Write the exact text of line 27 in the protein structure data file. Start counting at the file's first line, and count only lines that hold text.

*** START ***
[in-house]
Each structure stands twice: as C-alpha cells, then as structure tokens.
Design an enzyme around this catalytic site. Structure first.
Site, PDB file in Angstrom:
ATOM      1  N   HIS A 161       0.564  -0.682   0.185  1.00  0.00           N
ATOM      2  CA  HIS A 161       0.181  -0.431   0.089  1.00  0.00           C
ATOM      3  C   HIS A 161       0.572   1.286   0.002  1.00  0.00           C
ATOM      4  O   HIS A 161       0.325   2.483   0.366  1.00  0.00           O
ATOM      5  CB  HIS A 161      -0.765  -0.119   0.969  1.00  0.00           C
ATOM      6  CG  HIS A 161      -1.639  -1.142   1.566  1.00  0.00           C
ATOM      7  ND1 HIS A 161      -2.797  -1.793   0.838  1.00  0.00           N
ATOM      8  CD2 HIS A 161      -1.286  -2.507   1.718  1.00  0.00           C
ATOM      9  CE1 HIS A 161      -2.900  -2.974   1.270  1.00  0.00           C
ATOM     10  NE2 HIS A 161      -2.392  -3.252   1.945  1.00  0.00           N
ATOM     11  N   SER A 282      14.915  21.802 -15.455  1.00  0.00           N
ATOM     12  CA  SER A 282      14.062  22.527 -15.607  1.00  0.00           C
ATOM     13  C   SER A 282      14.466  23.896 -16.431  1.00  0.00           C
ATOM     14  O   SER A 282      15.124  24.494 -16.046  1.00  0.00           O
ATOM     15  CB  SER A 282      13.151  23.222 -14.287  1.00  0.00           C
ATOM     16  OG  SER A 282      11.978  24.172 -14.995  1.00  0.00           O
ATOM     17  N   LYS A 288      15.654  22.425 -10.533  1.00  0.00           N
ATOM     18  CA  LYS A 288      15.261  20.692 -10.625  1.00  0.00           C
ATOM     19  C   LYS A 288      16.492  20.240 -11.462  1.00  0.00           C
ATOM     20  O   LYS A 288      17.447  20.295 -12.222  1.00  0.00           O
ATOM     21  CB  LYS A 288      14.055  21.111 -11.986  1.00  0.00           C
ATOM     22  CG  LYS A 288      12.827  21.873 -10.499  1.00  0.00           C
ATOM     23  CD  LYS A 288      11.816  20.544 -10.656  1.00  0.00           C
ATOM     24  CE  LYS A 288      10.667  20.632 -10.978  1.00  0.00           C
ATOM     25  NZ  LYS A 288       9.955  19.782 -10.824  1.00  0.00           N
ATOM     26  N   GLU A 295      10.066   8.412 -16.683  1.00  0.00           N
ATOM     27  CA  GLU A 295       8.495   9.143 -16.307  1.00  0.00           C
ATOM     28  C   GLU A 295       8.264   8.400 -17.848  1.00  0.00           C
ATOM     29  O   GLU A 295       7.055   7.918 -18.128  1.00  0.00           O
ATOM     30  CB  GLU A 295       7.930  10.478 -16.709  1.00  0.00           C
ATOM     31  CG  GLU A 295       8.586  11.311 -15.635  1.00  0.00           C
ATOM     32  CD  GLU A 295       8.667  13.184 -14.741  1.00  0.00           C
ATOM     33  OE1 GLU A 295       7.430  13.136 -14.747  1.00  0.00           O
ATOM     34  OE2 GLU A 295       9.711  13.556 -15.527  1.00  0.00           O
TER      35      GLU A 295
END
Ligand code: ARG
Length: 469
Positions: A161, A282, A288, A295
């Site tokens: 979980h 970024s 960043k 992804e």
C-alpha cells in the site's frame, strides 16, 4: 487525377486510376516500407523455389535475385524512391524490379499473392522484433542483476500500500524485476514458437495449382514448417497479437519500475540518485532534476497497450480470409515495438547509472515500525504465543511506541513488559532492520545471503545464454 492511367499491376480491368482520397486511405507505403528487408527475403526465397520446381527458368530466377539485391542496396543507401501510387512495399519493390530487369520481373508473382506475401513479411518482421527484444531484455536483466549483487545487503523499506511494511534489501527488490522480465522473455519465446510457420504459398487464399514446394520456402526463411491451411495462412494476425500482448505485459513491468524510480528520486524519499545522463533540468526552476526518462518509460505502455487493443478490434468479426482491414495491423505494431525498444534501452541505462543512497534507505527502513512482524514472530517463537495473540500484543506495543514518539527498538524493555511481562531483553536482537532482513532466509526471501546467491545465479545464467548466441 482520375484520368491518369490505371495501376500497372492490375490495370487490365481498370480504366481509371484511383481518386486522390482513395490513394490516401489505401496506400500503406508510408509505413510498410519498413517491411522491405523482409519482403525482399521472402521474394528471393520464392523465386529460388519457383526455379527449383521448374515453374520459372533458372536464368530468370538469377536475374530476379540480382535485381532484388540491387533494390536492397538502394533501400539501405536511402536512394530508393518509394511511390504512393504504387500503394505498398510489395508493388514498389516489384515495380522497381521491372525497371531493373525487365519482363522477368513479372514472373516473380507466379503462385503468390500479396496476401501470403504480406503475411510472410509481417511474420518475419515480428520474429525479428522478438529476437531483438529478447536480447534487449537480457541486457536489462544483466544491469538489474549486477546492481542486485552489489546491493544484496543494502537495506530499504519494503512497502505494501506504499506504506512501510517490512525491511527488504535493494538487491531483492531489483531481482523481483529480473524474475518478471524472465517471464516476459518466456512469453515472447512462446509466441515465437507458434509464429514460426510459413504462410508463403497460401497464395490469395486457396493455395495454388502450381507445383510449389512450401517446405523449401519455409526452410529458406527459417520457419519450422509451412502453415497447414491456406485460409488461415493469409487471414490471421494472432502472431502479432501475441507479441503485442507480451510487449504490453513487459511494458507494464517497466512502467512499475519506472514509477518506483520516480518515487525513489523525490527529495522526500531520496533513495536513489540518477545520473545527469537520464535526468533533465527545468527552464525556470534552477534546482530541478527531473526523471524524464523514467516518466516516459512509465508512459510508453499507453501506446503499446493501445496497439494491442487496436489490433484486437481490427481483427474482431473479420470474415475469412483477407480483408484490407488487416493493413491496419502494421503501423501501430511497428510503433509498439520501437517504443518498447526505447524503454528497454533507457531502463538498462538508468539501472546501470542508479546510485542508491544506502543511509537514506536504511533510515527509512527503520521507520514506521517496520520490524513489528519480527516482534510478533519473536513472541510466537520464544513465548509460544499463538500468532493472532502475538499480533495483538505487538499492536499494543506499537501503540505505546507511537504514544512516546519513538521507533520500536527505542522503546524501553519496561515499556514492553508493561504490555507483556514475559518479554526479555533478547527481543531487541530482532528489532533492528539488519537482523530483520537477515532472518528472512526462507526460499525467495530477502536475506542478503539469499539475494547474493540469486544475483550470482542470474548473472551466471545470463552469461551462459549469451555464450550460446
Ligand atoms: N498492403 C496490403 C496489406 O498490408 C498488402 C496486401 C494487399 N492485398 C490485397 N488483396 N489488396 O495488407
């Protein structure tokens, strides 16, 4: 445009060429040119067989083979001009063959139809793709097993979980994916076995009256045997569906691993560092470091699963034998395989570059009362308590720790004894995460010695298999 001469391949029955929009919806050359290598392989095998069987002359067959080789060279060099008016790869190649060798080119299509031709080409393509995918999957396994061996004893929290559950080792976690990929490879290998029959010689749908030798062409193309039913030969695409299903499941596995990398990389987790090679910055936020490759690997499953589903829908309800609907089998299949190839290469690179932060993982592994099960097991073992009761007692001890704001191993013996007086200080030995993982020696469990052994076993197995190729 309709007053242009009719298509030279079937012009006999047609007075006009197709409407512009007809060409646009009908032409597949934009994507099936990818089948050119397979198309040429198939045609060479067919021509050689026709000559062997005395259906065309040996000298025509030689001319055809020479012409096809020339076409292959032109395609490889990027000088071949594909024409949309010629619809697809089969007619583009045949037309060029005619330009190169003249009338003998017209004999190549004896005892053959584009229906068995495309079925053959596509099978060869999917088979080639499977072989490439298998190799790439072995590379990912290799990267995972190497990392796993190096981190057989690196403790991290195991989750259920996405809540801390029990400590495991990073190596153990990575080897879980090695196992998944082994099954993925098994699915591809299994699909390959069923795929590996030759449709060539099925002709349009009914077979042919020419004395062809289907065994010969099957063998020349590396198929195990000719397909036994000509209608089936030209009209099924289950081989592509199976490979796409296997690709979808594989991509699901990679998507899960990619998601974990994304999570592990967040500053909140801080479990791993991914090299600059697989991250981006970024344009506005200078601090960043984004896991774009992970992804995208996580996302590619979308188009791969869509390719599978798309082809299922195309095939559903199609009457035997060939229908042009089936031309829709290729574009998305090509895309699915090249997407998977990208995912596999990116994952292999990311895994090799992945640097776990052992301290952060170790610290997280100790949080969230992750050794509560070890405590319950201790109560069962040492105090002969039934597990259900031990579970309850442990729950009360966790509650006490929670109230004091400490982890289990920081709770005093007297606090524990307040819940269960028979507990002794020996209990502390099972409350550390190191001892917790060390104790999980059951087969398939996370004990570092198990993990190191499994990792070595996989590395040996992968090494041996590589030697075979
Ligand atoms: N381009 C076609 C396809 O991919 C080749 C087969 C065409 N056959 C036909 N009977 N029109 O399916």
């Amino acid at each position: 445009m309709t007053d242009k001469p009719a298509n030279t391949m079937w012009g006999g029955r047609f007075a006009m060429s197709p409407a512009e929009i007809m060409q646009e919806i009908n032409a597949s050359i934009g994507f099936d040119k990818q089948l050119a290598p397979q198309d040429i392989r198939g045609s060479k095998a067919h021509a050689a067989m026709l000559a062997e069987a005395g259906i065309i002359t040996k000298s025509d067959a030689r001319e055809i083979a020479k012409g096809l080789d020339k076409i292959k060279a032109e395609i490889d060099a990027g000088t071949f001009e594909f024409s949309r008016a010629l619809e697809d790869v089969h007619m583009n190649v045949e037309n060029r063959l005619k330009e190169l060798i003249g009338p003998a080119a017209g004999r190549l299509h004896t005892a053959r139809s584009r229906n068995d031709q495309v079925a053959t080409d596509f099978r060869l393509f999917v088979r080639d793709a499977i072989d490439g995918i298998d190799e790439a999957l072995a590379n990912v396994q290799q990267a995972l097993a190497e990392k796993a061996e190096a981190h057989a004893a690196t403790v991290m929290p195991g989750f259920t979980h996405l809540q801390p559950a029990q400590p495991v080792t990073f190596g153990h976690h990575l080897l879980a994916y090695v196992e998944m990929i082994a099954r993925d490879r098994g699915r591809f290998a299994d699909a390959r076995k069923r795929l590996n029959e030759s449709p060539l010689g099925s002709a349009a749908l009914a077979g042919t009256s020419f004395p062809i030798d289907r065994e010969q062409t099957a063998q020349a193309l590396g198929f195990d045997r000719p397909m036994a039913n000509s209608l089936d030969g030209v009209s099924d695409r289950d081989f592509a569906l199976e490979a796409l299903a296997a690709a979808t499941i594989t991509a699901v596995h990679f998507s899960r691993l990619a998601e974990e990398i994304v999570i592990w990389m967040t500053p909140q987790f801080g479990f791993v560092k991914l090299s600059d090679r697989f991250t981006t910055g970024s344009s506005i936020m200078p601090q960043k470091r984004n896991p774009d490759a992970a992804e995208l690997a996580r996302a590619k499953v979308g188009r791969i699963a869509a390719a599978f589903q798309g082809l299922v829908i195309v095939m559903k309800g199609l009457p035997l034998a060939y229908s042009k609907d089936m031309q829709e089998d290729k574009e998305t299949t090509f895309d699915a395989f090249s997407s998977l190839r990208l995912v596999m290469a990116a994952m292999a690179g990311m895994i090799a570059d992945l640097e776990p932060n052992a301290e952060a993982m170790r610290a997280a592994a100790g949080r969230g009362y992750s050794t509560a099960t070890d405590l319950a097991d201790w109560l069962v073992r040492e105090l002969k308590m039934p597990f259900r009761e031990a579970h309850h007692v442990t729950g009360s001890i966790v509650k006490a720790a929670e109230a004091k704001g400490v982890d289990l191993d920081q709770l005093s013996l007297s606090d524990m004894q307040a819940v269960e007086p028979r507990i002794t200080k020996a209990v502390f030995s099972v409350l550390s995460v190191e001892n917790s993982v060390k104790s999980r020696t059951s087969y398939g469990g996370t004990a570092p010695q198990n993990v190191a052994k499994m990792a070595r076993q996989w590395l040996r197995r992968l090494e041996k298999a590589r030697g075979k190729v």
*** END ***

ATOM     23  CD  LYS A 288      11.816  20.544 -10.656  1.00  0.00           C